UA in the News: May 18, 2012
Alabama governor stands clear as Jefferson County’s cash drains
Bloomberg News – May 17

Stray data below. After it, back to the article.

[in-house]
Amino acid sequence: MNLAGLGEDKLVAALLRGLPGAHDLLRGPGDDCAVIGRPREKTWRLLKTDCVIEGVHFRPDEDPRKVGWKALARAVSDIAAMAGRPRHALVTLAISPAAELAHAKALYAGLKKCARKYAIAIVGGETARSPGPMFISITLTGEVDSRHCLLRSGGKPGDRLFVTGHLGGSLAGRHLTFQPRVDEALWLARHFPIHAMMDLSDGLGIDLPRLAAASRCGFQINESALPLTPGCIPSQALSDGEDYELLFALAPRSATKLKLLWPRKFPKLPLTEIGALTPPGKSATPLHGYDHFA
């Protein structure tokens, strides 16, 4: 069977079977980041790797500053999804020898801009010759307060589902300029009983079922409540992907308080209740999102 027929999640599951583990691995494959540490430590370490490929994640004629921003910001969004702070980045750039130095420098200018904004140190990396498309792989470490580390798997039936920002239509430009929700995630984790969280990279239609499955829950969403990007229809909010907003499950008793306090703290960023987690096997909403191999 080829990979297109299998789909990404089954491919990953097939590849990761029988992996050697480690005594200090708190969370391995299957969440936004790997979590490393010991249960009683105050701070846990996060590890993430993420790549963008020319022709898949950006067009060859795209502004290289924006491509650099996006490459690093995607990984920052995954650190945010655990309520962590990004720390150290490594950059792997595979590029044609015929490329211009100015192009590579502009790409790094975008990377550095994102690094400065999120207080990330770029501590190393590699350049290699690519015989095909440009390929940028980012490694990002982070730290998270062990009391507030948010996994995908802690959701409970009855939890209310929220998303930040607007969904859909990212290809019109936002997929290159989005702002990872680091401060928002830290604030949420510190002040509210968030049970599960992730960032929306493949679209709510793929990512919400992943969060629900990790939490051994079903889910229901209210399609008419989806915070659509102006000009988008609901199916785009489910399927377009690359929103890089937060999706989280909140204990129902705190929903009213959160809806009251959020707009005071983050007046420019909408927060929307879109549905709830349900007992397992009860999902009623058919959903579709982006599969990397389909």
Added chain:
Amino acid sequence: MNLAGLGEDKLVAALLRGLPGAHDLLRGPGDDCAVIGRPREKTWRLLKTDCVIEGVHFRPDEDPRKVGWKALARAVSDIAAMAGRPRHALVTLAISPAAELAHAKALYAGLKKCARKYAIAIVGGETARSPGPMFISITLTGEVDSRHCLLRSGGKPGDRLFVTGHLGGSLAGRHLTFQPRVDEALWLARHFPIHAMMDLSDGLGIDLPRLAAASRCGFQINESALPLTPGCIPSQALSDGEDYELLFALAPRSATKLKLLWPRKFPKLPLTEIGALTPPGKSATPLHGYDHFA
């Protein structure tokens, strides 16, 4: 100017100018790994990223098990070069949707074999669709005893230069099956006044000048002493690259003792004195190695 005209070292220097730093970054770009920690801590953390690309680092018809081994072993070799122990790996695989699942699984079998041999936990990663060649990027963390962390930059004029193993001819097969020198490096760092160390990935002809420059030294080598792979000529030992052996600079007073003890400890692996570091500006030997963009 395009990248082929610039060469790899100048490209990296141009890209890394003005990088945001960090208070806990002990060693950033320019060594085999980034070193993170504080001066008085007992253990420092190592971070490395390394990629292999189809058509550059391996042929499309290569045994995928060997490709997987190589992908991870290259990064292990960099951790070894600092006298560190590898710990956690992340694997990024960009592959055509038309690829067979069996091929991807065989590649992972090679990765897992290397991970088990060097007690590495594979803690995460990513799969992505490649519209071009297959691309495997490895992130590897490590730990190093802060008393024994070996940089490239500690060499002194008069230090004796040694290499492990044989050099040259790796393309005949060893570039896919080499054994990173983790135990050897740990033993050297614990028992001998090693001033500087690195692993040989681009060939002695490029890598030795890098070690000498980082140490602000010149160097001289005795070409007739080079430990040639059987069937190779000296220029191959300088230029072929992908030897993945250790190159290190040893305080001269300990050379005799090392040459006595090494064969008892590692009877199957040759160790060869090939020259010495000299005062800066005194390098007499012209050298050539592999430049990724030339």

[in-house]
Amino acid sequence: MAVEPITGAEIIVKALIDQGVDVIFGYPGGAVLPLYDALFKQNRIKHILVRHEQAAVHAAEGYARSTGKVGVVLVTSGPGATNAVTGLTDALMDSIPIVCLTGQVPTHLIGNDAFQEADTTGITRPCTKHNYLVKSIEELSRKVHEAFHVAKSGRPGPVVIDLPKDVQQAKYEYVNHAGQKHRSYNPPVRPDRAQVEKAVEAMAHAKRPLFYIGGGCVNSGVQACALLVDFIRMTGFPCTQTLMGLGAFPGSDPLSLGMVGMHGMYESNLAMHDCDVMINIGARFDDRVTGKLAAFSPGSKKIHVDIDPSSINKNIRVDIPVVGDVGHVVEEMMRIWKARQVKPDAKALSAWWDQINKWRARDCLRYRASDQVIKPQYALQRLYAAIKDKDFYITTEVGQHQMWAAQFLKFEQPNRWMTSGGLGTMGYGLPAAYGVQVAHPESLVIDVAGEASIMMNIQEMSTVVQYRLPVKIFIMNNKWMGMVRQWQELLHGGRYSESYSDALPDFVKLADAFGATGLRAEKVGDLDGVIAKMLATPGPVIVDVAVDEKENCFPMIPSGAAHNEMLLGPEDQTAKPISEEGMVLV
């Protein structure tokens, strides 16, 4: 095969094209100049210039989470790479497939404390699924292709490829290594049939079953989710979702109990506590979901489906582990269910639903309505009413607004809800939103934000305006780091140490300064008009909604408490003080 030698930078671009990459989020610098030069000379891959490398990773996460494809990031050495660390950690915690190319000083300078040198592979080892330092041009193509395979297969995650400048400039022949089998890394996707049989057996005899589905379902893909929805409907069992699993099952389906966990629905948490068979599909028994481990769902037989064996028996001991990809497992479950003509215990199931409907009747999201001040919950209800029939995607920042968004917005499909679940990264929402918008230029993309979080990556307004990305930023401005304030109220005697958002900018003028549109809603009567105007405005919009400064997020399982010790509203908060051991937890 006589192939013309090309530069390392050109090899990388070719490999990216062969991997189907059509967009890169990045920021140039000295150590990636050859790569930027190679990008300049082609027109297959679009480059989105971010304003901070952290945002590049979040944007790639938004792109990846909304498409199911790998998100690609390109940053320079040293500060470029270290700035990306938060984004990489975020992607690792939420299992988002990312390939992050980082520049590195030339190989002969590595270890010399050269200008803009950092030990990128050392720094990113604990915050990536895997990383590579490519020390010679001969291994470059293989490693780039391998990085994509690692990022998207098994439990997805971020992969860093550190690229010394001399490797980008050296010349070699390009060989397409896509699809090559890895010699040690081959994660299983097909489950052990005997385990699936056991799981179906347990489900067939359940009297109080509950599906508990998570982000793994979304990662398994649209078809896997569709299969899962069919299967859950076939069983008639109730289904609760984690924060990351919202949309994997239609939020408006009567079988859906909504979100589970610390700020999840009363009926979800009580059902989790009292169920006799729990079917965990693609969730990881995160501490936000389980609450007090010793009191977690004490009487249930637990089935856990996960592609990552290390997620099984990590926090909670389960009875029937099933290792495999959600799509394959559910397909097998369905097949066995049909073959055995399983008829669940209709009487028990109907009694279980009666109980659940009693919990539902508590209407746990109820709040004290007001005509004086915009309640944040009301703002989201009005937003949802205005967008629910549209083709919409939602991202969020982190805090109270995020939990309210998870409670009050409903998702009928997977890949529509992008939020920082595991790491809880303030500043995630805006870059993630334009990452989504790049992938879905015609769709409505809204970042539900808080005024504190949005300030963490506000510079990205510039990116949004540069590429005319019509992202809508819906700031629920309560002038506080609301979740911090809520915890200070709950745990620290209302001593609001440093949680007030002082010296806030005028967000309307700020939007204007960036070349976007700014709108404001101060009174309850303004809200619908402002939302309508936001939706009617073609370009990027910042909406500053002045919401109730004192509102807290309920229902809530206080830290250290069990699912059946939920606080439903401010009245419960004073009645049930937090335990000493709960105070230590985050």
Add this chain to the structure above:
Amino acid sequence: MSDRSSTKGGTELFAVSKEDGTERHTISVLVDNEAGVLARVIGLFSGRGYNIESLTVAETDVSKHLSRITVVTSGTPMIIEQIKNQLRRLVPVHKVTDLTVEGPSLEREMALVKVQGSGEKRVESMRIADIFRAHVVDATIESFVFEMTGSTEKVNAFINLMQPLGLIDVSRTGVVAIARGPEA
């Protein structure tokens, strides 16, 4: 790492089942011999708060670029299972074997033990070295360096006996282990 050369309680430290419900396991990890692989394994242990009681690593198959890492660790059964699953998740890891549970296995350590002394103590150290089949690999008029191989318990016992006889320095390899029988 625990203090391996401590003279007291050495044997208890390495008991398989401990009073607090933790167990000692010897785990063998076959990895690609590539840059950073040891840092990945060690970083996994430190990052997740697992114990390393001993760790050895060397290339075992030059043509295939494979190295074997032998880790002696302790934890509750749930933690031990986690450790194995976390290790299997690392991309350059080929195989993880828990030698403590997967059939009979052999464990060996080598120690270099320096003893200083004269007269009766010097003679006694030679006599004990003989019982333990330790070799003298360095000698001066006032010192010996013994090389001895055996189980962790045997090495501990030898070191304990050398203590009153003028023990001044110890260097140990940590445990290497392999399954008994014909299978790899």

Robert Bentley’s legacy as governor of Alabama may be his inability to force a solution to the bankruptcy of state’s most populous county. The Alabama Legislature’s annual session ended on May 16 without House action on a bill to help close a budget shortfall facing Jefferson County, which six months ago filed a $4.2 billion municipal bankruptcy, the biggest in the U.S. Bentley, 69, stayed out of the public debate on the measure to allow the county to raise taxes. Robert Bentley, governor of Alabama. The Legislature’s failure to act reflects poorly on the first-term Republican governor’s leadership, said William Stewart, professor emeritus of political science at the University of Alabama in Tuscaloosa. The state’s reputation with businesses and the bond market is suffering because the governor and lawmakers aren’t helping the county, he said. “It taints his legacy,” Stewart said in a phone interview. “Jefferson is the most important county economically in the state. He didn’t come in and knock heads together and say, ‘you have to come up with a solution because it’s hurting the state as a whole.’” The county of 660,000, home to Birmingham, already has missed a $15 million general-obligation bond payment and will miss another payment in October, said county bankruptcy attorney Kenneth Klee in a public meeting yesterday in Birmingham. County officials have dismissed 800 employees and reduced services. They say they need a state law to allow them to raise taxes to close a $40 million shortfall.
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